Guns were turned in after Kenosha shooting, but Antioch police won't say who owned them

Two guns were turned into police when a 17-year-old Antioch man charged in the Kenosha shootings surrendered himself, police said, but officials are not saying who owned the guns and whether they had valid firearm owners identification cards.

Kyle Rittenhouse was accompanied by his mother when he went to the police department Wednesday, Antioch Interim Police Chief Geoff Guttschow said Thursday. He faces multiple charges in Kenosha County, including first-degree intentional homicide and first-degree reckless homicide, in the deaths of two Wisconsin residents late Tuesday. Cellphone video shows a young white man, apparently Rittenhouse, opening fire in the street with a semi-automatic rifle in Kenosha, which has been the site of fiery protests after a police officer shot resident Jacob Blake seven times in the back Sunday.

It's unclear who turned in the guns to Antioch police. Guttschow said the guns were then given to the Kenosha Police Department and wouldn't comment further, citing the ongoing investigation. Kenosha police didn't respond to a request for comment.

A court hearing regarding Rittenhouse's extradition to Wisconsin is set for 9 a.m. Friday in Lake County.

Wisconsin attorney Tom Grieve, who is not involved in the case, said first-degree intentional homicide is a Class A felony that carries a minimum sentence of life in prison, although a judge can allow the possibility of parole at 25 years with qualifiers.

Video shows the shooter had what looks like an AR-15 rifle, said Richard Pearson, executive director of the Illinois State Rifle Association. Pearson condemned the shooter's actions, pointing out there are also federal laws regarding crossing state lines with the intent to commit a crime. "We have the laws," Pearsons said. "He violated them."

Under Illinois law, it's illegal for someone under 18 to possess "any firearm of a size which may be concealed upon the person," which would seem to exclude a rifle.

Illinois State Police would not say whether Rittenhouse or his mother have a valid FOID card, saying state statute bars the agency from disclosing that. In Illinois, minors under age 21 can apply for a FOID card as long as they have a sponsor who is a parent or legal guardian. The sponsor does not have to have a FOID card, but must be eligible for one.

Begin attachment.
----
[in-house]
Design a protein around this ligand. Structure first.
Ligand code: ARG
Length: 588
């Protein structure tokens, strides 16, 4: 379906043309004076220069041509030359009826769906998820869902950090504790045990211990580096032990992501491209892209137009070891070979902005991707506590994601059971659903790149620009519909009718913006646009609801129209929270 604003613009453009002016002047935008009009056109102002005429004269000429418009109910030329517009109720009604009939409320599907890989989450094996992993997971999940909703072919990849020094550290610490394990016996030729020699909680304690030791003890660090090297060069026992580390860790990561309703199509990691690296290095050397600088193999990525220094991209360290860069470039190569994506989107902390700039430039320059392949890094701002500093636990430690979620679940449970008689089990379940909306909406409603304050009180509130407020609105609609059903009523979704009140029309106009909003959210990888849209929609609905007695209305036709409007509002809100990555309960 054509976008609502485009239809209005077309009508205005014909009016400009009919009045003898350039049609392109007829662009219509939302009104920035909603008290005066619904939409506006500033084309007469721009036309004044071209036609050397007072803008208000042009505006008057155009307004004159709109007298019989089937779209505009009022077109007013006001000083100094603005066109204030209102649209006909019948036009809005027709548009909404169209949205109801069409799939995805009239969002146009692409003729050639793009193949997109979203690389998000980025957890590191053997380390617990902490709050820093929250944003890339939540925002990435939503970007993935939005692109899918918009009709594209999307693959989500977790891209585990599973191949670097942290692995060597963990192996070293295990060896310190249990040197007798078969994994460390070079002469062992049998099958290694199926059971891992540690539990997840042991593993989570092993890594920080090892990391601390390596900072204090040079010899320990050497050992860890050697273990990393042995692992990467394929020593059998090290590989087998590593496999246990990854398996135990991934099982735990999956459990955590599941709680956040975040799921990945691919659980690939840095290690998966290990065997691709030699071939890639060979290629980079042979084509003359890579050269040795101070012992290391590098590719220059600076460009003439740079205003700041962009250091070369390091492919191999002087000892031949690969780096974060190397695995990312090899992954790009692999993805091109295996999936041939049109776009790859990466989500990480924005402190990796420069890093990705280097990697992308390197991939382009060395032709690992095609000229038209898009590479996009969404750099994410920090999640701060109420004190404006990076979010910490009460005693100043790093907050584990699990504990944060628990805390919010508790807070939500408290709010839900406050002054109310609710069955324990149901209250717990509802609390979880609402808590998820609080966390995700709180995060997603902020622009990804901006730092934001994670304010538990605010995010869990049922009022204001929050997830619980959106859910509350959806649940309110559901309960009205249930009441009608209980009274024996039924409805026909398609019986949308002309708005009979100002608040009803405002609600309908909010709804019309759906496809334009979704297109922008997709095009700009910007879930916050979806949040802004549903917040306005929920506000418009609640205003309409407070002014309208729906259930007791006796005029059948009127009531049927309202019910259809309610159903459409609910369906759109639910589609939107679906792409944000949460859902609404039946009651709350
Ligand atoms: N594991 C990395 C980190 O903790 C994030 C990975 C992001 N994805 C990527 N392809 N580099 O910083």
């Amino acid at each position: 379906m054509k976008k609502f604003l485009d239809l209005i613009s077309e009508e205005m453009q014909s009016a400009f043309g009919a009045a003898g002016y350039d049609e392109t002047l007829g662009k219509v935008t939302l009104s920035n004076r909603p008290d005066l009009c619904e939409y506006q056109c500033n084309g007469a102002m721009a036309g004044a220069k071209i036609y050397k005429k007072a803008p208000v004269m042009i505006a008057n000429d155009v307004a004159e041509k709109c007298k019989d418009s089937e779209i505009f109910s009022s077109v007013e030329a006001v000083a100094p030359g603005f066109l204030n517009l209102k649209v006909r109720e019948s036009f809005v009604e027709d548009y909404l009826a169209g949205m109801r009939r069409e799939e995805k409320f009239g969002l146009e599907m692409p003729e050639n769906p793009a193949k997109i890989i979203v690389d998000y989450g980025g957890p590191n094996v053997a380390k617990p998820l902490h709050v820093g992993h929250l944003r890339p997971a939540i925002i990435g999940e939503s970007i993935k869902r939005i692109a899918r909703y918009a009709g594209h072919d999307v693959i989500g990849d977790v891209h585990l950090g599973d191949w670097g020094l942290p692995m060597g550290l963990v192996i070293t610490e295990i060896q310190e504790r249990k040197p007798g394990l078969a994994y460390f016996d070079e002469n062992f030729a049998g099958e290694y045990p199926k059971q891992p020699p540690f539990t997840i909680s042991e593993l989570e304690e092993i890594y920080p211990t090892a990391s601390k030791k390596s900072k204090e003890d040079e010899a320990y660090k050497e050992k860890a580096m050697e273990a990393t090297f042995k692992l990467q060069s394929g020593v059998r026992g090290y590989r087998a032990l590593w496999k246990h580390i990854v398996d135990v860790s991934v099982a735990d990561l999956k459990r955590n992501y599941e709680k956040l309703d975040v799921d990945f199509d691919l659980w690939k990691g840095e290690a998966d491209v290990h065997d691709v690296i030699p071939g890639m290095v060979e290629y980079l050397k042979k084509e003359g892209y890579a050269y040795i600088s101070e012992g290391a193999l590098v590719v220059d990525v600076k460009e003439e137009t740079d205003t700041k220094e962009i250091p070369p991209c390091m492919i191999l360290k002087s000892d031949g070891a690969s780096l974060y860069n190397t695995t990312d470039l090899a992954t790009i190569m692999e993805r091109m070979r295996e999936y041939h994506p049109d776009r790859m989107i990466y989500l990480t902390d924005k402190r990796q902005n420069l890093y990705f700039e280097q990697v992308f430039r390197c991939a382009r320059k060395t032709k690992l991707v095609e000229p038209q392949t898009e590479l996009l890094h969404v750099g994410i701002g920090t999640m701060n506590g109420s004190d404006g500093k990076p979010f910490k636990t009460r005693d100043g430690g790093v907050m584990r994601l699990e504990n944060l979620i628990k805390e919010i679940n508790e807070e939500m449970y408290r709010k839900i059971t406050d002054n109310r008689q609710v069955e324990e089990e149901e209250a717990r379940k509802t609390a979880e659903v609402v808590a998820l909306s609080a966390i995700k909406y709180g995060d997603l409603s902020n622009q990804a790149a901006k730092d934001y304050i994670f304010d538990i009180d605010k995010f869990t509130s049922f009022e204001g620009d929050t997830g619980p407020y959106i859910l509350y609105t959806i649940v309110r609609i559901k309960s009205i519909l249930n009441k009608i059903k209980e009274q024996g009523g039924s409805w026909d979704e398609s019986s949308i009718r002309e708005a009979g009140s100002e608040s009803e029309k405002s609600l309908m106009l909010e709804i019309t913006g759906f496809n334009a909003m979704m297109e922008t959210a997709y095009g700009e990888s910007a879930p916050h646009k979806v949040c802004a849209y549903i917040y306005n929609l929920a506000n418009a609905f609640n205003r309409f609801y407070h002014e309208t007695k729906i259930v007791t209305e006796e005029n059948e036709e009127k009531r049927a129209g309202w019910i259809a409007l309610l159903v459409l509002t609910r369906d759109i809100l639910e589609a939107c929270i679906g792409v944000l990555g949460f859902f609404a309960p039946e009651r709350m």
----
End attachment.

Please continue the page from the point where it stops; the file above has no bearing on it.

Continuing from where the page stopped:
There is no minimum age for minors to have a FOID card and there are no FOID-related restrictions regarding what types of guns minors can carry, state police spokeswoman Beth Hundsdorfer said.

The parent or guardian must sign an affidavit giving consent for the minor to possess firearms and ammunition, and saying, "(I) understand I shall be liable for any damages resulting from the minor applicant's use of firearms or firearm ammunition," according to the online form.

Wisconsin, which is an open-carry state, has "really convoluted" gun possession laws for people under 18, Grieve said. That's because possession of a gun by someone under 18 is a Class A misdemeanor, but there are also statutes that, for example, allow people under age 16 to have guns for hunting with certain safety provisions, but with no specific regulations for 17- and 18-year olds, Grieve said.

Meanwhile, Illinois lawmakers and others weighed in Thursday on the Kenosha shooting.

Democrat U.S. Rep. Lauren Underwood of the 14th Congressional District, which includes Antioch, called for a "complete and transparent investigation."

"That a 17-year-old from our community would have an assault weapon, travel to Kenosha, and allegedly commit grave violence toward protesters is an unspeakably horrific symptom of the toxic hate and division that permeate our country right now," she said. "This instance is painfully close to home, and it is not reflective of the values we hold dear in northern Illinois: that weapons of war, racism, and hate have no place in our communities, and we should never seek to solve problems through violence."

Underwood called for the U.S. Senate to pass the George Floyd Justice in Policing Act, a bipartisan bill passed by the U.S. House that bans chokeholds, eliminates qualified immunity for law enforcement and more.

Republican candidate Jim Oberweis, who is challenging Underwood in the November election, said he was "deeply saddened by the violence" and urged leaders in Wisconsin "to get the situation under control" in Kenosha, pointing out the White House offered federal aid.

"What we are seeing in Kenosha is people who do not even live there coming into that community for the express purpose of destroying property and hurting people. Sadly, many of these agitators are coming from Illinois," Oberweis said.

Rittenhouse "should have never been in Kenosha in the first place," he said. "His recklessness has led directly to the deaths of two people."

• Daily Herald staff writer Russell Lissau contributed to this story.

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